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10 Ways to Show up for Friends Who Are Struggling

As we get closer to the anniversary of the initial lockdowns due to the global Covid-19 pandemic, there is still so much collective grief to process. In some ways, this pandemic has created a barrier between our loved ones and us. In other ways, it has exposed fractured relationships. Our time spent on social media to connect with others has ironically made us terrible at connecting with people. It is easy to exchange texts without someone hearing a change in your voice or seeing your eyes well up with tears.

With the ongoing public health crisis looming over us, it is difficult to spontaneously show up in person and hug each other the way we might have done in the “Before Times.” However, there are still many ways to show up for friends who are struggling. Before trying anything, check in on them and ask: “How are you coping?” The best thing to do is not assume and ask upfront if your friend is okay. If you know they are not okay, ask how you can best support them.

Here are 10 ideas:

1. Send a care package including bath bombs, teas, their favorite snacks, etc.

We all feel a little blue sometimes and the pandemic makes it harder to just show up at someone’s door unannounced to drop some cheer. Sending a care package is great because it boosts both the sender’s mood and the recipient’s mood. If you went away for college, you know how special care packages can be. This helps when you feel nostalgia, homesick blues or just missing your loved ones.  (Check out our shower spa gift set which can be sent to them directly!)

2. Give gift cards to local restaurants for takeout or Lyft/Uber credits for a ride.

If a friend or loved one is having a hard time, in a funk, or feeling overwhelmed with grief, they could use a break from cooking or driving. A gift card is an easy way to allow them to have autonomy but relieve them from deciding and focusing too much. Think of casseroles for grieving loved ones.


3. Offer to take on one of their to-do list items, such as pick up their groceries or make a post office trip.

This is similar to easing the burden of tasks mentioned above. They might have many errands or tasks accumulated that they just do not have the bandwidth to handle. It may not seem like much, but this is actually very much appreciated, especially for those who do not feel comfortable asking for help. Ask your friend, “are there any tasks or errands I could help with?”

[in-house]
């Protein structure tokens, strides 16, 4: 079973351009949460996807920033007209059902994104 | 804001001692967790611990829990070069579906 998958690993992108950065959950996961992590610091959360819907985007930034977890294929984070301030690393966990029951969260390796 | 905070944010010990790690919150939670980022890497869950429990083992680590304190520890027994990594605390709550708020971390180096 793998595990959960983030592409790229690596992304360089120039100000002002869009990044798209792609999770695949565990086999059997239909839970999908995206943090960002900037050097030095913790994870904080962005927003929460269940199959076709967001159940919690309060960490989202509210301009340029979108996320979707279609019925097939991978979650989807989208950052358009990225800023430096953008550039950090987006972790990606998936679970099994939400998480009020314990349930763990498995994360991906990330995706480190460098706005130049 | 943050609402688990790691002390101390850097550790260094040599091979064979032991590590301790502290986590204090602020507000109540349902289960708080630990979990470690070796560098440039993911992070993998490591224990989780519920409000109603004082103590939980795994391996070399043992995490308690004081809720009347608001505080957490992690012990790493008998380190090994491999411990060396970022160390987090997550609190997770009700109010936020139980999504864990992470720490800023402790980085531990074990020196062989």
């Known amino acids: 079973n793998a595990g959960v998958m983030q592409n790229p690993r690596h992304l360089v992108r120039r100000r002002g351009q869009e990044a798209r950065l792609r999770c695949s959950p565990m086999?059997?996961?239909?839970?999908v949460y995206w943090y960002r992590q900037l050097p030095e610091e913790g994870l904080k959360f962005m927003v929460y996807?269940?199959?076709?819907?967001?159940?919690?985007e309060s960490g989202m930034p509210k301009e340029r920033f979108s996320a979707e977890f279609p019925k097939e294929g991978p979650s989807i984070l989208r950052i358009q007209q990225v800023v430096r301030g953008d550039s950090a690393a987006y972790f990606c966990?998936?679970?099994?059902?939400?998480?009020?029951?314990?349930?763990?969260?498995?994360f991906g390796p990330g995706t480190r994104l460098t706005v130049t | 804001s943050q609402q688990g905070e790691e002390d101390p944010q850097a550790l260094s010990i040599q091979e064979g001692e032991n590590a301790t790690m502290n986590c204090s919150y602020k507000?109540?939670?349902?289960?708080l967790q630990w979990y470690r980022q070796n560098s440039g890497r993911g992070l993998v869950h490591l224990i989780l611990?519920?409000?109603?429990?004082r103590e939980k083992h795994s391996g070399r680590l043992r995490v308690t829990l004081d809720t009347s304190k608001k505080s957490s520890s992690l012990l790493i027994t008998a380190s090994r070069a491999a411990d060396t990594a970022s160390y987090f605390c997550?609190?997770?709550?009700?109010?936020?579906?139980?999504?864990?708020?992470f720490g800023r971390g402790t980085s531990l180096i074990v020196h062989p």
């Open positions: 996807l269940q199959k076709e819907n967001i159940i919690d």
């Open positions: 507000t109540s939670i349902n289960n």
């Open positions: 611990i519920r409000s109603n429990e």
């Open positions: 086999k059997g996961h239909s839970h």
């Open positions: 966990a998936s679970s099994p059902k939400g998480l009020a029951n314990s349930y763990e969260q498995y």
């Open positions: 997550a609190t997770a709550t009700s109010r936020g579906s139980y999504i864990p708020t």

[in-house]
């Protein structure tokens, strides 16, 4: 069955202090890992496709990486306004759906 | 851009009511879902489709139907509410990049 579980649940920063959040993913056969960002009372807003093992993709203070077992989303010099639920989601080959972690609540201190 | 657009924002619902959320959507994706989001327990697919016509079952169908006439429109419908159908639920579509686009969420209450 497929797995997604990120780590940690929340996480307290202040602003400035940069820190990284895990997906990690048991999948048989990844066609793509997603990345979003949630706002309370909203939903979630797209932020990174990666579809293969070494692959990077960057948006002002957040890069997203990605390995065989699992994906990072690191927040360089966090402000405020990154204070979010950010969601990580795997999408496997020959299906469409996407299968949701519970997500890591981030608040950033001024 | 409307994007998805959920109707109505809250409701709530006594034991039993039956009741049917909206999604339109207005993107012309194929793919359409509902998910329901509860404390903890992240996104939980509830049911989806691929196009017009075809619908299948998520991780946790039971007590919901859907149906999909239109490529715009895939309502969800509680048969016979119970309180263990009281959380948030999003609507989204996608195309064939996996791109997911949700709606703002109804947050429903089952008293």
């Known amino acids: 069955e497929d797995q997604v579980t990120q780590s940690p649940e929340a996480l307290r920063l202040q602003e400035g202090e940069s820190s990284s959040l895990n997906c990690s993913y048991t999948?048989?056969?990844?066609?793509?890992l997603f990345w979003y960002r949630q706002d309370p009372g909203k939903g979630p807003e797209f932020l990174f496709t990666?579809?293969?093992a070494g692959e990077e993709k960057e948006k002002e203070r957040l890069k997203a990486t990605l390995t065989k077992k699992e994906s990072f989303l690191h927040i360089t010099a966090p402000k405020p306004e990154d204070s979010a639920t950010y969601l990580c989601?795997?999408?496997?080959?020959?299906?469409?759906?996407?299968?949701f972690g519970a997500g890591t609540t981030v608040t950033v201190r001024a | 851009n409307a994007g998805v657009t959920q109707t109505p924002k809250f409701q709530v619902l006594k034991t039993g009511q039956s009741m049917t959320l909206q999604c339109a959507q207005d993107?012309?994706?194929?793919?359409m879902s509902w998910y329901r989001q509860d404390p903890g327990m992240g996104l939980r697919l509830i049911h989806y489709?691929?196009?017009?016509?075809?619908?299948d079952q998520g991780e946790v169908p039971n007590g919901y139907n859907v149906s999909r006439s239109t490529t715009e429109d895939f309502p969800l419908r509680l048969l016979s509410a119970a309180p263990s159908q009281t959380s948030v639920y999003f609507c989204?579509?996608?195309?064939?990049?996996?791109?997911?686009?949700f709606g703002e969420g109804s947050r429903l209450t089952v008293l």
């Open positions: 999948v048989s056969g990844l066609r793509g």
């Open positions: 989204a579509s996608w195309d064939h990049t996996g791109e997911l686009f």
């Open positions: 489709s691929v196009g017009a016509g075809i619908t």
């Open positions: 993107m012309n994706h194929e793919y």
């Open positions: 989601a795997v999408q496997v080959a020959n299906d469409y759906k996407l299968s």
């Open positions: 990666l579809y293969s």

4. Research counseling services and various types of specialties (e.g., cognitive behavior therapy, psychoanalysis) that may be best suited for your friend's needs (i.e., reading reviews of doctors, asking for referrals etc.) and then provide the name and contact information of the doctor or a support group.

This is specific to those who have exhibited signs of depression, anxiety, or other conditions. If you know of a traumatic life event or loss, your friend might need help with coping and healing. In some cases, it might even save their life. Consider the closeness of your friendship and use discretion when recommending therapeutic services. Keep in mind that you should understand and respect boundaries.

5. Send a book or journal directly to their home.

Reading an inspirational book or journaling with prompts might help your friend focus their mind on something else (check out our selection of journals). These are not just distractions, reading books and journal writing are good ways to exercise your mind. Journaling prompts can be a productive way to aid in coping and healing rather than rehashing events that can stir strong emotions and lead to reliving difficult experiences.